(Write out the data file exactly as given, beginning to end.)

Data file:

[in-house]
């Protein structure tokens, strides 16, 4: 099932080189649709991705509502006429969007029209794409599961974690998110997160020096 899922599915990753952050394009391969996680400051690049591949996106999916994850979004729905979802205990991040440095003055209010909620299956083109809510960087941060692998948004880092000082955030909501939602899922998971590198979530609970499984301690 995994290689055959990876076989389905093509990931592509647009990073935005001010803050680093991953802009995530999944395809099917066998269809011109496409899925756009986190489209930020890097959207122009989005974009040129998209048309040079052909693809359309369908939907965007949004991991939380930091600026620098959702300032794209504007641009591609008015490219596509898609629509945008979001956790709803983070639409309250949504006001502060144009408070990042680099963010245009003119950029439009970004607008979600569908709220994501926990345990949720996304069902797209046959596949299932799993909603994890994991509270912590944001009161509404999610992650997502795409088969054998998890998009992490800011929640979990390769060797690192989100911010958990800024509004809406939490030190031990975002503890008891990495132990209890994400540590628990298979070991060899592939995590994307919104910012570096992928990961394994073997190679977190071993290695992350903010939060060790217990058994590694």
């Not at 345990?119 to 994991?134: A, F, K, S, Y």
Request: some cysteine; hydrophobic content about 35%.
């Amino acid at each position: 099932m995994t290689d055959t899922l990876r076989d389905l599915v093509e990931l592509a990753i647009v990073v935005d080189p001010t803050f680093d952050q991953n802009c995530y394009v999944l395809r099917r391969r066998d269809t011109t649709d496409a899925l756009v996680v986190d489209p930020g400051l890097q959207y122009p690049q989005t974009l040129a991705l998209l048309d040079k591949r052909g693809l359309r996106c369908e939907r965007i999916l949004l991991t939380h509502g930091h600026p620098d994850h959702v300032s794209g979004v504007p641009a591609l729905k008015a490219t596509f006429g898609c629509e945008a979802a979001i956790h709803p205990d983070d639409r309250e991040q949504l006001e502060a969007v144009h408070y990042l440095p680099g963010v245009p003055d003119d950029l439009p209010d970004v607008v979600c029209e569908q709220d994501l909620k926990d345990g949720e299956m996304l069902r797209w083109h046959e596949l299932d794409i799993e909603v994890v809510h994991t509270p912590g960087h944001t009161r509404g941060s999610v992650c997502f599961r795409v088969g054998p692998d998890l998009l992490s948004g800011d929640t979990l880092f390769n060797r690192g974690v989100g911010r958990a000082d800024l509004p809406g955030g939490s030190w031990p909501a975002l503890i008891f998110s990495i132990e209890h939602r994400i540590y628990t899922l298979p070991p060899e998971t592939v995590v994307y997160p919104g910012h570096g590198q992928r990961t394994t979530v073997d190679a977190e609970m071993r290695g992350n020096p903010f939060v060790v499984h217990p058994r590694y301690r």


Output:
[in-house]
């Protein structure tokens, strides 16, 4: 099932080189649709991705509502006429969007029209794409599961974690998110997160020096 899922599915990753952050394009391969996680400051690049591949996106999916994850979004729905979802205990991040440095003055209010909620299956083109809510960087941060692998948004880092000082955030909501939602899922998971590198979530609970499984301690 995994290689055959990876076989389905093509990931592509647009990073935005001010803050680093991953802009995530999944395809099917066998269809011109496409899925756009986190489209930020890097959207122009989005974009040129998209048309040079052909693809359309369908939907965007949004991991939380930091600026620098959702300032794209504007641009591609008015490219596509898609629509945008979001956790709803983070639409309250949504006001502060144009408070990042680099963010245009003119950029439009970004607008979600569908709220994501926990345990949720996304069902797209046959596949299932799993909603994890994991509270912590944001009161509404999610992650997502795409088969054998998890998009992490800011929640979990390769060797690192989100911010958990800024509004809406939490030190031990975002503890008891990495132990209890994400540590628990298979070991060899592939995590994307919104910012570096992928990961394994073997190679977190071993290695992350903010939060060790217990058994590694």
């Not at 345990?119 to 994991?134: A, F, K, S, Y």
Request: some cysteine; hydrophobic content about 35%.
């Amino acid at each position: 099932m995994t290689d055959t899922l990876r076989d389905l599915v093509e990931l592509a990753i647009v990073v935005d080189p001010t803050f680093d952050q991953n802009c995530y394009v999944l395809r099917r391969r066998d269809t011109t649709d496409a899925l756009v996680v986190d489209p930020g400051l890097q959207y122009p690049q989005t974009l040129a991705l998209l048309d040079k591949r052909g693809l359309r996106c369908e939907r965007i999916l949004l991991t939380h509502g930091h600026p620098d994850h959702v300032s794209g979004v504007p641009a591609l729905k008015a490219t596509f006429g898609c629509e945008a979802a979001i956790h709803p205990d983070d639409r309250e991040q949504l006001e502060a969007v144009h408070y990042l440095p680099g963010v245009p003055d003119d950029l439009p209010d970004v607008v979600c029209e569908q709220d994501l909620k926990d345990g949720e299956m996304l069902r797209w083109h046959e596949l299932d794409i799993e909603v994890v809510h994991t509270p912590g960087h944001t009161r509404g941060s999610v992650c997502f599961r795409v088969g054998p692998d998890l998009l992490s948004g800011d929640t979990l880092f390769n060797r690192g974690v989100g911010r958990a000082d800024l509004p809406g955030g939490s030190w031990p909501a975002l503890i008891f998110s990495i132990e209890h939602r994400i540590y628990t899922l298979p070991p060899e998971t592939v995590v994307y997160p919104g910012h570096g590198q992928r990961t394994t979530v073997d190679a977190e609970m071993r290695g992350n020096p903010f939060v060790v499984h217990p058994r590694y301690r």